A dad-of-three who suffered a cardiac arrest is urging people to learn CPR after his life was saved by the skills and quick-thinking of those who came to his aid.
Jem Taylor, 57, said he was eternally grateful to Ysbyty Gwynedd Emergency Department Sister Linda Rycroft and bystander Angie Mulhearn for keeping him alive when he collapsed on a platform at a Warrington train station last year.
Jem was recently reunited with Linda and Angie for the first time since the dramatic events on 26 March, 2018.
“I don’t recall what happened. I collapsed and the next thing I remember is waking up in hospital where I was told I had suffered a cardiac arrest.
“I am only able to put the pieces together of what happened by speaking to Linda and Angie.
“Angie found me on the platform after I had collapsed and started to perform CPR for around 15 minutes until Linda took over from her,” he said.
Linda was on her train journey back to Liverpool when she saw Jem on the platform and immediately got off the train and went to his aid.
She said: “I remember as we pulled into the station I heard a woman screaming for help and I looked out the window and I could see someone on the floor.
“I got off the train and could see a lady, which I now know was Angela, in the middle of doing CPR on a man. I ran over to help and asked Angela to maintain his airway while I took over doing the CPR.
“I carried on doing CPR for a further 30 minutes until the paramedics arrived who then shocked Jem with a defibrillator three times.
“He was taken straight to Liverpool Heart & Chest Hospital and I provided the incident handover to the consultant and their team over the phone. I would expect someone who had been down for almost an hour to not survive or if they did they would be under a cardiologist for the rest of their life.”
Jem was rushed straight to theatre where he received a stent into the artery serving his heart, and was transferred to the Intensive Care Unit.
He remained in hospital for almost two weeks and to Linda’s amazement he suffered no damage to his brain and is no longer under the care of his local hospital’s Coronary Care Unit.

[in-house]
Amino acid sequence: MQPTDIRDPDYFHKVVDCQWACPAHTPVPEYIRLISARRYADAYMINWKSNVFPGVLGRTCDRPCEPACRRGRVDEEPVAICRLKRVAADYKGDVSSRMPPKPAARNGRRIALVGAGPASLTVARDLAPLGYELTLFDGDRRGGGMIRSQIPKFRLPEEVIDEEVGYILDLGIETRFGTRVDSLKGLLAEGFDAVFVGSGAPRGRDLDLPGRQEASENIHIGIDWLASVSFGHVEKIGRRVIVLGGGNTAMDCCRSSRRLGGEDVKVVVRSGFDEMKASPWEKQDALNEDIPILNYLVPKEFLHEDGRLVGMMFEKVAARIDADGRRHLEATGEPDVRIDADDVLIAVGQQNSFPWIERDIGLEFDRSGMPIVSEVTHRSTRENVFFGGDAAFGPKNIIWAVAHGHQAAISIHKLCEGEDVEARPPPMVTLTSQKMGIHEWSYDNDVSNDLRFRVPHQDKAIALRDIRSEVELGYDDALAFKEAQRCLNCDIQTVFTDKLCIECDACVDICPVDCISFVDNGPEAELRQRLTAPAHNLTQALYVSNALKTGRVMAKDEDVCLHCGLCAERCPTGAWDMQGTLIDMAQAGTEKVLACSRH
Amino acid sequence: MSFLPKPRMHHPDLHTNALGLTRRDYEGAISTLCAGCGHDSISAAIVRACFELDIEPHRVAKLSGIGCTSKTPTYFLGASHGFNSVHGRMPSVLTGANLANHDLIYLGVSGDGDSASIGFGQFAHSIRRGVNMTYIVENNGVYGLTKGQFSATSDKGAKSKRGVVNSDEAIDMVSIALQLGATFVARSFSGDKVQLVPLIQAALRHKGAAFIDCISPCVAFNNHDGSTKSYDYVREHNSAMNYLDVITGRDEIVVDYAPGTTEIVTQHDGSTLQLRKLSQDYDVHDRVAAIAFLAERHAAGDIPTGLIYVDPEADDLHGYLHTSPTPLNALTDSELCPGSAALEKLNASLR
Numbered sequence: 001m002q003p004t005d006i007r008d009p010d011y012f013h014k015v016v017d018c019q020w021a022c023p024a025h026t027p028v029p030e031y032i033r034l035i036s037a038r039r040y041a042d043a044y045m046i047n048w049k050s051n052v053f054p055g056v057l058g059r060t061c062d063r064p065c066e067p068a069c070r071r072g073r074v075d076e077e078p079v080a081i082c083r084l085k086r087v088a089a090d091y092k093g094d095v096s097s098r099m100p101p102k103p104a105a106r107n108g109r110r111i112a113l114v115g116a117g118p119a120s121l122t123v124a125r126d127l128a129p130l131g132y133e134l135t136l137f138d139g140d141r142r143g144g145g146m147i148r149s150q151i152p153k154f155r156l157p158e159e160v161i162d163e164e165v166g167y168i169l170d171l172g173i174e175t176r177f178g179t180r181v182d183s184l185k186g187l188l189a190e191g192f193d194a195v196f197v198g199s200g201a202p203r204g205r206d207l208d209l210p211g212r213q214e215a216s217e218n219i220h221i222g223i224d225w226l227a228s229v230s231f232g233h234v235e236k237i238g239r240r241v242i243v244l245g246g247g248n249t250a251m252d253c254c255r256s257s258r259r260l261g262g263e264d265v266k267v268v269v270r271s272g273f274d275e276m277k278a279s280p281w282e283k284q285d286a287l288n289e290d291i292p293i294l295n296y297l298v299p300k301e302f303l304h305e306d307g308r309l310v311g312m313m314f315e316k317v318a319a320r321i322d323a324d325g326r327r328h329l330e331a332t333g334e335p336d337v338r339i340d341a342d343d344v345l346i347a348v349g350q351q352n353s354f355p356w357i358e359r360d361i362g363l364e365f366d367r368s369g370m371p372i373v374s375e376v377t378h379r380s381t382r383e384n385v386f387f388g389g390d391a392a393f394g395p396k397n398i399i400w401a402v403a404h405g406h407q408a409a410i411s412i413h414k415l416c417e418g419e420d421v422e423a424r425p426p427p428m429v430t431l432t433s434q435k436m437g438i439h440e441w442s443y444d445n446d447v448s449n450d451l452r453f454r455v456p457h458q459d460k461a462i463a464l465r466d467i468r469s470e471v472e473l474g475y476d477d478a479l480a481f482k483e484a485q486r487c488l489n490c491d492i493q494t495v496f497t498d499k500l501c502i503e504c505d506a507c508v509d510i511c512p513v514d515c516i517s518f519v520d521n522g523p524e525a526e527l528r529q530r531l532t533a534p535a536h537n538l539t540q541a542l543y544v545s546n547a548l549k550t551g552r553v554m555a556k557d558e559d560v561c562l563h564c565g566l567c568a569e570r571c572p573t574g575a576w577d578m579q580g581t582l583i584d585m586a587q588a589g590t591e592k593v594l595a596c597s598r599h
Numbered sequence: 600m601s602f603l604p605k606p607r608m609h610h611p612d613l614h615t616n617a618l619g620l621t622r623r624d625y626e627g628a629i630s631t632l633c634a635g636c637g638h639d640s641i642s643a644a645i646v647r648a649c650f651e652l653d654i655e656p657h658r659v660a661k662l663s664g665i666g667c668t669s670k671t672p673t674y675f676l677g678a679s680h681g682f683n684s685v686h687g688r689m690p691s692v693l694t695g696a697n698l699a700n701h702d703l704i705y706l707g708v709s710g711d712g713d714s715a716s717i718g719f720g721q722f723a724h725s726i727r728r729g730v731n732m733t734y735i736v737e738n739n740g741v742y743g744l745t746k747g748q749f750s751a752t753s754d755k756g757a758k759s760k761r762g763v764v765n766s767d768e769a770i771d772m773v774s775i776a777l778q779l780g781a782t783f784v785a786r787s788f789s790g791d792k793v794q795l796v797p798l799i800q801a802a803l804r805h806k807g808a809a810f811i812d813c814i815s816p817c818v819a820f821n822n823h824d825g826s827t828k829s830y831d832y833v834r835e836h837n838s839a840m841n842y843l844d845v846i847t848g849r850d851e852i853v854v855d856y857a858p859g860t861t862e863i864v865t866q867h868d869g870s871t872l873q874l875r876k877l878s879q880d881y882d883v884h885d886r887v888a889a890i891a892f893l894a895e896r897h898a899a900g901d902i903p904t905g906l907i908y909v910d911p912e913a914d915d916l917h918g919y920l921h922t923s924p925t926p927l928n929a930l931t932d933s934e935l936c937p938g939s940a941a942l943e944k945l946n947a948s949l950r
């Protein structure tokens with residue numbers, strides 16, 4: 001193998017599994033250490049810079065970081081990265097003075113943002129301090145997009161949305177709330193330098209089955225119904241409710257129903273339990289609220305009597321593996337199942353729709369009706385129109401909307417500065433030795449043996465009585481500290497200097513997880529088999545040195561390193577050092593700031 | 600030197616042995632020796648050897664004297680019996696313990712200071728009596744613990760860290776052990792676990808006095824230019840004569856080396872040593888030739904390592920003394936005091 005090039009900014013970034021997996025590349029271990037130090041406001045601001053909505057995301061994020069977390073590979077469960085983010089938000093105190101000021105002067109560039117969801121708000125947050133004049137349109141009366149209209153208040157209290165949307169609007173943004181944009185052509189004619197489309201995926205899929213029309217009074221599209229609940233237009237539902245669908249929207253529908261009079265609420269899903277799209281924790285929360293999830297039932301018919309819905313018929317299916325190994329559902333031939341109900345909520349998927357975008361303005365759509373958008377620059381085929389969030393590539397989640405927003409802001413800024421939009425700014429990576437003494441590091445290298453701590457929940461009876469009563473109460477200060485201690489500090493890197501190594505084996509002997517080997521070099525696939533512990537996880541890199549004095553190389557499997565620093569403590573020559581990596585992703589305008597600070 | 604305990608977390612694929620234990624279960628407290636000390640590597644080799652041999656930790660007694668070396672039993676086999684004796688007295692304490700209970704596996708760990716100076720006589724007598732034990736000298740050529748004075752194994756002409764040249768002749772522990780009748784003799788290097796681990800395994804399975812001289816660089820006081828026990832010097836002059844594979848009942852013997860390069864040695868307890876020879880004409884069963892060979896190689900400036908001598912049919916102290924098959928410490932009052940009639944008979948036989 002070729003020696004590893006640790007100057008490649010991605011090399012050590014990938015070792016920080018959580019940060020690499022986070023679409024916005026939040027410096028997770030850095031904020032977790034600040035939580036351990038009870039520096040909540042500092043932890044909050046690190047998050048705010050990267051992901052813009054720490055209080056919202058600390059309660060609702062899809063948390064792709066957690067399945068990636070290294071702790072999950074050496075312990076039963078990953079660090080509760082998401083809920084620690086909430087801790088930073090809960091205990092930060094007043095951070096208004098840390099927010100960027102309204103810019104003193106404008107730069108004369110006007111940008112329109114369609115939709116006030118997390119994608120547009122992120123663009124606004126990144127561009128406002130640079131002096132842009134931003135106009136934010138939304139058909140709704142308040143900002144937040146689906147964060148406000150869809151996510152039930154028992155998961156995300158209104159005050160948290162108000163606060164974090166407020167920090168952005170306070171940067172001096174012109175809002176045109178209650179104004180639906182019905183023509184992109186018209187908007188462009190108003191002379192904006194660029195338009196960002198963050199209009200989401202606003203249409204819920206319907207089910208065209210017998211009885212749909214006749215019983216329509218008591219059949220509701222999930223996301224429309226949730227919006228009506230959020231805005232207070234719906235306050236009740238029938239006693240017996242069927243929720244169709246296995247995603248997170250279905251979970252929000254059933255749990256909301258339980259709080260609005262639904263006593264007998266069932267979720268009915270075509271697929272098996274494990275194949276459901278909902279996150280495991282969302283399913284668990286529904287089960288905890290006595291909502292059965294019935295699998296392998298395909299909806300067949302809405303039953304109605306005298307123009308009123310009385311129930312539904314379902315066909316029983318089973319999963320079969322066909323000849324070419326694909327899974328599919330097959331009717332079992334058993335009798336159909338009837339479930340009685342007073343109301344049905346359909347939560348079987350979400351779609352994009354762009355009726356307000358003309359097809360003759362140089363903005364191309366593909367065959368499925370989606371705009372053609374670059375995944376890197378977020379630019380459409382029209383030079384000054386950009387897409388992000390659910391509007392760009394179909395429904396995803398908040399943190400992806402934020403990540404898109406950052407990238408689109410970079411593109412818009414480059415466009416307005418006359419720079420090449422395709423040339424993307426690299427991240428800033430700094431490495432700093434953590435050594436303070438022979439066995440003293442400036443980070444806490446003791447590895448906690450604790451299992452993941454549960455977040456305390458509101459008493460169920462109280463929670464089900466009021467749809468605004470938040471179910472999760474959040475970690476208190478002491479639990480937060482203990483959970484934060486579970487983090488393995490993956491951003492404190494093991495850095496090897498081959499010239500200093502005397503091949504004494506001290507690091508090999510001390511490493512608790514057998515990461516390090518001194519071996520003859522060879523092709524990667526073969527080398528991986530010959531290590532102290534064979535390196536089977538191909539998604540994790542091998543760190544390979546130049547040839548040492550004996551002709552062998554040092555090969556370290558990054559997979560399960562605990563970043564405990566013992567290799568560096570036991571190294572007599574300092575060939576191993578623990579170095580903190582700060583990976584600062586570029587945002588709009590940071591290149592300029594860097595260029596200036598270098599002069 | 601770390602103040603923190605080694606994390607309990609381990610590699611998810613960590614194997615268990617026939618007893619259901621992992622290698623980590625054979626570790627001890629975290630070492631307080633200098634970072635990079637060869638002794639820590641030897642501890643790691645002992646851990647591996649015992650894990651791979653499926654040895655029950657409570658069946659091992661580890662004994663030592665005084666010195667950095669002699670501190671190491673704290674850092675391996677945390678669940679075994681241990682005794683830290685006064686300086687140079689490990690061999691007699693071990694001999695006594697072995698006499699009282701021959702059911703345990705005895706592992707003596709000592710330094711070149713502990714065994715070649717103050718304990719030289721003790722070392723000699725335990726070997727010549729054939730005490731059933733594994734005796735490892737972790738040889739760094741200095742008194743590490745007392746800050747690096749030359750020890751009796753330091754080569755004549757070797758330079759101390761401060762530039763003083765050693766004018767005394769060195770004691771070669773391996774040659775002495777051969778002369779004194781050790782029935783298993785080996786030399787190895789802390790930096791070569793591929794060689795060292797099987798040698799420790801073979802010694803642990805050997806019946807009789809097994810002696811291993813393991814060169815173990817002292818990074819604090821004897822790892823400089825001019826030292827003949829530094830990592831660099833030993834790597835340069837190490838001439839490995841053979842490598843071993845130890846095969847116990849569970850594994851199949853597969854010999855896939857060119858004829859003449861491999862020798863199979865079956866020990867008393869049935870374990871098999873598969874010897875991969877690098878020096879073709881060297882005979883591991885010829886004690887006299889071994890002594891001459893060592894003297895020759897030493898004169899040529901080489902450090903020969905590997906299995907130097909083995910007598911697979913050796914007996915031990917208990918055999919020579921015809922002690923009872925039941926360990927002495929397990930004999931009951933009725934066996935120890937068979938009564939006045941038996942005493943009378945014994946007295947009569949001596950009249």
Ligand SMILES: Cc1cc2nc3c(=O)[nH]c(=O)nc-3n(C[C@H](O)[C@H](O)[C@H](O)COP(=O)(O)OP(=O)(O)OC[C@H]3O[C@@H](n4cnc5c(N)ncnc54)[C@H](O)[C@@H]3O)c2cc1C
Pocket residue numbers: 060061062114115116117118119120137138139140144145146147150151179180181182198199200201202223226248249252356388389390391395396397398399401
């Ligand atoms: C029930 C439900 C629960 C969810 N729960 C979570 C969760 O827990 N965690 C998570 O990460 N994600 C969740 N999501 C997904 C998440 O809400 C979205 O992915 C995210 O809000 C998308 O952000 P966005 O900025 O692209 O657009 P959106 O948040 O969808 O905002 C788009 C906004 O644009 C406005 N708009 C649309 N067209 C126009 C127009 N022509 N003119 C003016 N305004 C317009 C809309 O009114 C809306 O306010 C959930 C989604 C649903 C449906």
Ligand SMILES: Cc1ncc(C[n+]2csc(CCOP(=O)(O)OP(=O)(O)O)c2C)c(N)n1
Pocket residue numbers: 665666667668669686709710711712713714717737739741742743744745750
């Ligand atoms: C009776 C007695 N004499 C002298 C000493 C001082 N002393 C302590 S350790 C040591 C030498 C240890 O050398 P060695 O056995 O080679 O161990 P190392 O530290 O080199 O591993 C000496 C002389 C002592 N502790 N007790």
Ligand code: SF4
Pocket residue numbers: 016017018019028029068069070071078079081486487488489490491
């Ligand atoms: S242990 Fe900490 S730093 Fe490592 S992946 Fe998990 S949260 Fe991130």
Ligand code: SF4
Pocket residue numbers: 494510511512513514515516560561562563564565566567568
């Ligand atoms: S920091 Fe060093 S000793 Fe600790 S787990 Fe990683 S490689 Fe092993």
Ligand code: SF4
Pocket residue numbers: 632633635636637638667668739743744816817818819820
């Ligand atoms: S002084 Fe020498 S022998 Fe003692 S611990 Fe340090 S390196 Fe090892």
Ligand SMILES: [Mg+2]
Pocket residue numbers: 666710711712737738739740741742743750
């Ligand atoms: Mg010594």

“I’m amazed how well Jem is doing, it’s a miracle he is alive. In the UK figures by the British Heart Foundation show that 1 in 10 people who've had a cardiac arrest outside hospital survive, so he is extremely lucky,” she added.
Jem is now back at work full-time in his IT role at the University of the Highlands and Islands in Scotland and has since taken part in the Highland Cross duathlon - which involved a 22 mile walk followed by a 30 mile cycle.
Angie, who is from Liverpool, and works as a carer, said: “It is incredible to see how well Jem looks and to hear he is back at work and how he took part in the Highland Cross duathlon!
“At the time I saw Jem on the floor I was determined not to let him die, I knew he was only around my age so I was going to try everything I could to keep him alive.
“I’m so happy he is doing so well and he’s back enjoying his life with his family.”
Jem says CPR saved his life and hopes his story will inspire others to learn the lifesaving skill.
He said: “The actions of Linda and Angie means we have kept our family together. It was the CPR keeping my blood flowing around me that was keeping me alive.
“I’m also eternally grateful for the treatment provided by Mr Magapu and all the staff at the Liverpool Heart & Chest Hospital, not just for me but in the way they communicated with and supported Lizbeth throughout.
“After I got back north the cardiac team at Raigmore Hospital in Inverness and at the Ross Memorial in Dingwall looked after me with real care and expertise. Everyone made sure that I had all the information and support I needed to make as good a recovery as possible.
“After what happened it has made me realise how important it is to have basic CPR skills. My wife, Lizbeth, and I hope our story will encourage more people to learn this lifesaving skill, it can really help double the chance of survival.”
Find out how to learn CPR by visiting www.awyrlas.org.uk/keepthebeats